Drifters: Serendipity features a series of photos and writings from Saigon Duo Duy Vo and Thao Bui. Duy recounts how the book explores “both of our perspectives about abandoned, fragmented thoughts and old memories growing up in Saigon, Vietnam and how they have helped us in our struggles in America.”
The book is a heartfelt recollection that presents the constant evolution of self involved with moving to a foreign land. It explores the feelings of alienation associated with leaving your family and integrating into a new culture, dissociating from everything that was once familiar. Through their friendship and experiences Duy and Thao find solace in each other, discovering a lifetime soulmate who they are able to reflect with, and continue their journey of growth together.
“In this time of turmoil when the color of your skin determines how you are perceived, neon lights appear unassuming and indiscriminate. Under neon lights you are no longer just the shade that you’re born with. You are whatever color the lights cast on you. Red, blue, green, orange. Bright, vivid and worth every single shutter click. And just like neon lights, distant memories, though often overlooked, once fully embraced, give insights into who you have become and illuminate the possibilities of who you could have been.” – Preface, Drifters: Serendipity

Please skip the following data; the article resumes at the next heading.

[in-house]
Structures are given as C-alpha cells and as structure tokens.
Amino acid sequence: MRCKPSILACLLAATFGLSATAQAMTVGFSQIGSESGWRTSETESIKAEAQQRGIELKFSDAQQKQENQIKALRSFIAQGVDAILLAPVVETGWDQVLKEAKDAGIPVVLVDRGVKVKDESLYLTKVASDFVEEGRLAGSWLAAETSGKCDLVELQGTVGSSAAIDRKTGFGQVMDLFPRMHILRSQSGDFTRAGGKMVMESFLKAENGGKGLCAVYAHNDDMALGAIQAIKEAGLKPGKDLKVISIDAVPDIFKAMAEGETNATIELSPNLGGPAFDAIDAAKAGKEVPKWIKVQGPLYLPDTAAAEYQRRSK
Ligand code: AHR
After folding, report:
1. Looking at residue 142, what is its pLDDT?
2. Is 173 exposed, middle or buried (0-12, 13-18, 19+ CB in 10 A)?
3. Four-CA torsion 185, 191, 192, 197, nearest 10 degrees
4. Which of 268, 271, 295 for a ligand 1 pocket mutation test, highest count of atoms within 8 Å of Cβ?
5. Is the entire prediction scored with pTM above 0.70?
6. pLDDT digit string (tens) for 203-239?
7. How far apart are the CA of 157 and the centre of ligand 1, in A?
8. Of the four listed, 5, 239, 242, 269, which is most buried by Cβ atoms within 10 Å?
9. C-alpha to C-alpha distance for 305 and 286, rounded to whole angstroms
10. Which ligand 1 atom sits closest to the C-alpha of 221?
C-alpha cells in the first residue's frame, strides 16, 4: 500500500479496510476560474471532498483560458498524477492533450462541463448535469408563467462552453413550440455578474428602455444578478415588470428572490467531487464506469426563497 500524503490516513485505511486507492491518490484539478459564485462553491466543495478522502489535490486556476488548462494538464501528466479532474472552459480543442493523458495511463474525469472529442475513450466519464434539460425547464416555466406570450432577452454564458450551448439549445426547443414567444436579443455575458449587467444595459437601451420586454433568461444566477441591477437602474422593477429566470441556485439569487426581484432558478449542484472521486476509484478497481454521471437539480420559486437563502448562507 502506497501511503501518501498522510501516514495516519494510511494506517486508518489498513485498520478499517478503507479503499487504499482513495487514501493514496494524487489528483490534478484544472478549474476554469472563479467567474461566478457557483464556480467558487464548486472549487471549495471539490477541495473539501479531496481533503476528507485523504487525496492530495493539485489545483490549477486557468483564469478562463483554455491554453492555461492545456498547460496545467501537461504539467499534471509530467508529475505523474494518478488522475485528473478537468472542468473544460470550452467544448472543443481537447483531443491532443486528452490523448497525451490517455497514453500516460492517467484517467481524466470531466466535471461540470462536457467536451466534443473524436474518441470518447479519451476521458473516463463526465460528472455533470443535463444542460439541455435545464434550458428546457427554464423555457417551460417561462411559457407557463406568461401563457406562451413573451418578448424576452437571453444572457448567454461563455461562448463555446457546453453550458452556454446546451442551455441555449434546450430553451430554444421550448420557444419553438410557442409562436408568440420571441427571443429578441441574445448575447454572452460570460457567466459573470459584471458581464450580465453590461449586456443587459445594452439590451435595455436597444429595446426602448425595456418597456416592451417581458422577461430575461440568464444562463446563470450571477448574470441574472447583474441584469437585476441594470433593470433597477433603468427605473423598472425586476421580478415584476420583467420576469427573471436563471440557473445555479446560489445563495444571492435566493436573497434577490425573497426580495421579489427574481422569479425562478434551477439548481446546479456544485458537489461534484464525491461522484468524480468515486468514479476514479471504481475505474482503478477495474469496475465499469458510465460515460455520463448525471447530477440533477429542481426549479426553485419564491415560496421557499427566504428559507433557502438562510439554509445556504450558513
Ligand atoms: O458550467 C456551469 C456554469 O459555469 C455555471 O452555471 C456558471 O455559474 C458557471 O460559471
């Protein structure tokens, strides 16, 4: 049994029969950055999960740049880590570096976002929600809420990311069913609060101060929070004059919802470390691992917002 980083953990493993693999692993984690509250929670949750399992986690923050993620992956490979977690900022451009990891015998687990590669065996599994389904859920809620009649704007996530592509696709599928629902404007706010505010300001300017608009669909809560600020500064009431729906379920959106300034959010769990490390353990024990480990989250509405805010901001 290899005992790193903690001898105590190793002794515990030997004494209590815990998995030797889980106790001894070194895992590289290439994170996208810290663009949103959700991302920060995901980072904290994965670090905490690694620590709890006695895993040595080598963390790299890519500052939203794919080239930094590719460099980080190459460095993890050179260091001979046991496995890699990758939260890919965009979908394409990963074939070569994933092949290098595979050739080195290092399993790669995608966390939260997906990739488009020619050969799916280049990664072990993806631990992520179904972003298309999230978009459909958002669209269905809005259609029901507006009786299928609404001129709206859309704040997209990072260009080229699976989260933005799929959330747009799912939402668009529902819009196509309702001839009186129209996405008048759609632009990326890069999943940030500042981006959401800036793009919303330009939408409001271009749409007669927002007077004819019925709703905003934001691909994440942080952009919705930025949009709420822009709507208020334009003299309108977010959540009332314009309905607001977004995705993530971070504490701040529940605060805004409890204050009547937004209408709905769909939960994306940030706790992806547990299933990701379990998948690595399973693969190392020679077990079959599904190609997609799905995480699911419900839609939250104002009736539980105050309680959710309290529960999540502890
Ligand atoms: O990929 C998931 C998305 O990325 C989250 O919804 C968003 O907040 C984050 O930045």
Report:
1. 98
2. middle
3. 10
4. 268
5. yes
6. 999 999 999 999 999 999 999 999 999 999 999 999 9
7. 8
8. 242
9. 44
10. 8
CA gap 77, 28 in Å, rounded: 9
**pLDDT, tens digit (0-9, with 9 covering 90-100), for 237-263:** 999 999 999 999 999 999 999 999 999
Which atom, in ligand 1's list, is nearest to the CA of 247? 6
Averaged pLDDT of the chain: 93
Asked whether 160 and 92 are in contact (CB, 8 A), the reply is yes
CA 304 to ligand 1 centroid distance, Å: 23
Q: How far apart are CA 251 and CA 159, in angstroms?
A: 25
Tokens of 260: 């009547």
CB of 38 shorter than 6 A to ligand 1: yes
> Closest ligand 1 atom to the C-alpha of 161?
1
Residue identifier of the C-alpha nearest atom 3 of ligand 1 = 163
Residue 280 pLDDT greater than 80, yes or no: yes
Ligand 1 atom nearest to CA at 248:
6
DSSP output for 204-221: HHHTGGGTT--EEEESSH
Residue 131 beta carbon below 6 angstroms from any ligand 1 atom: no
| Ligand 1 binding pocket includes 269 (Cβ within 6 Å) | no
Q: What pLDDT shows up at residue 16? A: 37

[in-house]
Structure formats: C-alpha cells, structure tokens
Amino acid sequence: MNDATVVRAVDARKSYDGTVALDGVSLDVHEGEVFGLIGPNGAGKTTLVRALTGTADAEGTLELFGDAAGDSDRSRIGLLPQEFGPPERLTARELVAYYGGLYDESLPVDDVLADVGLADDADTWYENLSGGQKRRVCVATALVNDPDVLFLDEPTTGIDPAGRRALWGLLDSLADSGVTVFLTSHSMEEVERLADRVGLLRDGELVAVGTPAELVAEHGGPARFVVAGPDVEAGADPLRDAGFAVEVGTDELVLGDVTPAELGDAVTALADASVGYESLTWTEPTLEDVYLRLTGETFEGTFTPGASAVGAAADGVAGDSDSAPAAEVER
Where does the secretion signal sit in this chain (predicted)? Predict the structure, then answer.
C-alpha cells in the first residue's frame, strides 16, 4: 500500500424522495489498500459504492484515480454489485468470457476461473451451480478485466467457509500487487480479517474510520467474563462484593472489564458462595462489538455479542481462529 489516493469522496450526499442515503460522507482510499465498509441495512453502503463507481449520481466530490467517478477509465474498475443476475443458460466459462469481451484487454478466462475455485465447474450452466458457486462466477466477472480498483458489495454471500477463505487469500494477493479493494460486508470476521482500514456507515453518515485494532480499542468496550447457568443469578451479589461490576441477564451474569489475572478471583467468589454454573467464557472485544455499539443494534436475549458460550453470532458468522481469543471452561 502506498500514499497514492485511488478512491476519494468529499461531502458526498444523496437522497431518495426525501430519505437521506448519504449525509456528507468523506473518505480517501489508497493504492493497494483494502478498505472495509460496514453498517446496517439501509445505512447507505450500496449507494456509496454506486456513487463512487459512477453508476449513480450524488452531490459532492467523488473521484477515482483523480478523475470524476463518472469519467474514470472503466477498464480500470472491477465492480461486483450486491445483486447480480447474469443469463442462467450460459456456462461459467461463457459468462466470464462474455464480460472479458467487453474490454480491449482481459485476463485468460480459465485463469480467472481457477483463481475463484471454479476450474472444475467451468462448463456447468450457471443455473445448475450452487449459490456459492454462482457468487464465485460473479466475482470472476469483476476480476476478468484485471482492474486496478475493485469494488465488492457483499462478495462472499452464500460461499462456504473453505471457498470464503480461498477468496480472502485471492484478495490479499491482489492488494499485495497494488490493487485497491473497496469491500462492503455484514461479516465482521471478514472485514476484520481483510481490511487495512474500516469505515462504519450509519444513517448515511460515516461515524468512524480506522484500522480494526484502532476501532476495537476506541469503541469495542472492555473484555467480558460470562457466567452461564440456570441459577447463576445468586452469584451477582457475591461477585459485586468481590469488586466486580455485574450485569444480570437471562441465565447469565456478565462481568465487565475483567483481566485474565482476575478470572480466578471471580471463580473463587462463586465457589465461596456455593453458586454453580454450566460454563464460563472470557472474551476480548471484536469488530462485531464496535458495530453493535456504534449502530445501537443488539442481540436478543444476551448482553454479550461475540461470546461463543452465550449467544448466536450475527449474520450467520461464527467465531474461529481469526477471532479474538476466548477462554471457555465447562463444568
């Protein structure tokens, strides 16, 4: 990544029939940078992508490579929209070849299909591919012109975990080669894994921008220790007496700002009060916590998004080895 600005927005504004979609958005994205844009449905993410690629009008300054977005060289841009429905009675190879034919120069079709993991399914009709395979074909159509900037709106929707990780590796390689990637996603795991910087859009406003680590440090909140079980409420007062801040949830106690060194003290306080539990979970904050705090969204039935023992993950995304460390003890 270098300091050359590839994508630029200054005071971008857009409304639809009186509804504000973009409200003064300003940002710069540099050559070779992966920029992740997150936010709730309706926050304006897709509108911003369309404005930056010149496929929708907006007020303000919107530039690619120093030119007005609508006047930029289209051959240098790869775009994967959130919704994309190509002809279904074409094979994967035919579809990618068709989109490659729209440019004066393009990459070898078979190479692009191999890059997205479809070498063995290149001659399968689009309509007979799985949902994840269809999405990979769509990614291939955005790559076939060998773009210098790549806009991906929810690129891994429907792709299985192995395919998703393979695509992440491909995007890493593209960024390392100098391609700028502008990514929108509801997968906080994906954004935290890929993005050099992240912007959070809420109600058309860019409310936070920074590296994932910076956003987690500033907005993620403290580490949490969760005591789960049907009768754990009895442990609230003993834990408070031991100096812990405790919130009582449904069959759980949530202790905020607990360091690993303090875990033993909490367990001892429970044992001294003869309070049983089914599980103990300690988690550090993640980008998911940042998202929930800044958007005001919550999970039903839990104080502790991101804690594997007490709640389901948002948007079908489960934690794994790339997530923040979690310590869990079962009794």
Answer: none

“Tired of being sheltered and watched at every step, I looked for every opportunity to break free from the parental gridlock. In my naivety, I was convinced that leaving for school in America would allow me to accomplish such a goal and instantly propel me into adulthood. I desperately wanted to show my parents I had grown and no longer needed their protection.” – Duy Vo, Drifters: Serendipity
“Moving to New York City in another loosely-planned phase of my adult life revives those feelings. This city feels very much like home. I love the nights with endless lights in front of my eyes. I love the bustling streets full of loud noises and honking cars. Every street corner brings back memories of Saigon. Memories of the days that will never be my reality again. While the thought of that breaks my heart I am learning to ease the pain and mend my heart. Learning to embrace my current reality.
Because part of growing up is knowing when to let things go.” – Thao Bui, Drifters: Serendipity
“The power went out. It was pitch black outside with the occasional flashes from white crackling streaks across the sky. Rain was pouring. Buckets. Inside, my mother was frying up some of our favorite pork chops while my father was away teaching at one of his night classes…
Just then, from out of nowhere, came a realization. Of my parents’ mortality. It was so sudden…
I started sobbing uncontrollably and ran crying to my mother. I hugged her as tight as I possibly could. For I feared, the moment I let go, she would disappear.” – Duy Vo, Drifters: Serendipity
“Then she burst into tears. Biting my tongue, a gentle voice in my head told me not to cry, but my eyes kept watering. Being 16, I did not know how to explain that love was just love despite gender or social norms as my mom screamed and demanded an answer. I was not afraid. I did not defend myself.
I was hurt because my mother was ashamed of me.” – Thao Bui, Drifters: Serendipity
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Check out the full book on the Saigon Duo website, available for purchase, with proceeds from the book sales being donated to Planned Parenthood.